During the month of March, 2017, I will be sharing a series called 31 Days of #Woke. I’ll be doing some personal excavating of views of race I’ve developed through being in schools that were under court order to be integrated, teaching in an all black school as well as in diverse classrooms in Chicago and my experiences of whiteness living in Uganda and China. I’ll also have some people of color share their views and experiences of race in the United States (I still have some open spots, so contact me if you are a person of color who wants to share). So check back and join in the conversation. You are welcome in this space.

How to Engage in Racial Reconciliation When You Live in a White Bubble

Barn Dancing, the Inauguration and the International Women’s Club

I usually try not to use the internet to glamorize my life. The internet can be the high school yearbook view of life: perfect pictures, inspiring quotes and exciting events that include the highlights without the low-lights of life. The truth is that life is more often lived in the shadows. But yesterday was full of shadows for some in our country, so today I’d like to cast some light.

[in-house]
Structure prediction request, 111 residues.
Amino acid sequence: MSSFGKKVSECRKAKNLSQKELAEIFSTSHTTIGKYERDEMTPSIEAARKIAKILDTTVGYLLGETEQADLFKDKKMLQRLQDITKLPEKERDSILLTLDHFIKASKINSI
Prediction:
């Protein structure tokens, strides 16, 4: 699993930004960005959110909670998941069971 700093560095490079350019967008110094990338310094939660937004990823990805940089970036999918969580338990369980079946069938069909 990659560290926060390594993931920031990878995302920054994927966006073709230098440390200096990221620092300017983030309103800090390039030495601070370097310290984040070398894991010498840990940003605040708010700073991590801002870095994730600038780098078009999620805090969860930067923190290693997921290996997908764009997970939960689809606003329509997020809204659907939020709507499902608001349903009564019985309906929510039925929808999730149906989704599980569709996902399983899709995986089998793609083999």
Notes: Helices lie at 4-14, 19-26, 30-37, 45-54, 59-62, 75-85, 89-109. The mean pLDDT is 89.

My son howled after I popped the balloon he had been beating his sister on the head with yesterday morning while I was trying to get us out the door. I eventually cajoled him and the other two into their car seats, checked directions on my phone, turned on public radio and eased our minivan out of the driveway. Thank God we have a date night planned tonight, I thought.

On the radio, a woman prayed for our country. A man spoke. A chorale sang sweet subversive words.

“Once we were strangers, we were welcomed, now we belong and believe in this land,” seemed a passive-aggressive jab at the new administration. With the final line, I exhaled, feeling tension fall away:

“Keep faith, guard mind, take heart, guard spirit, take courage, keep watch, feed longing, feed love.”

Take courage. Feed love.

My children stared quietly out the window as we drove from our small town to the larger college town, passing golden fields that stretched to low hills, with snowy mountains lurking behind.

“Why are those people clapping?” my two-year-old asked.

“Because we have a new president,” I answered dully. He had begun his first speech as the President of the United States.

Driving in circles, I switched off the radio mid-speech to focus on finding my destination. An Asian woman pointed to an empty parking space as I passed the resale shop we were meeting at. Strapping on the baby and reminding the other two to hold my hand, we found the rest of the group inside. Two Korean women browsed the women’s clothing, a Costa Rican high schooler smiled shyly at us and the leader—a Romanian woman—introduced herself and said we’d go next door for brunch in a few minutes.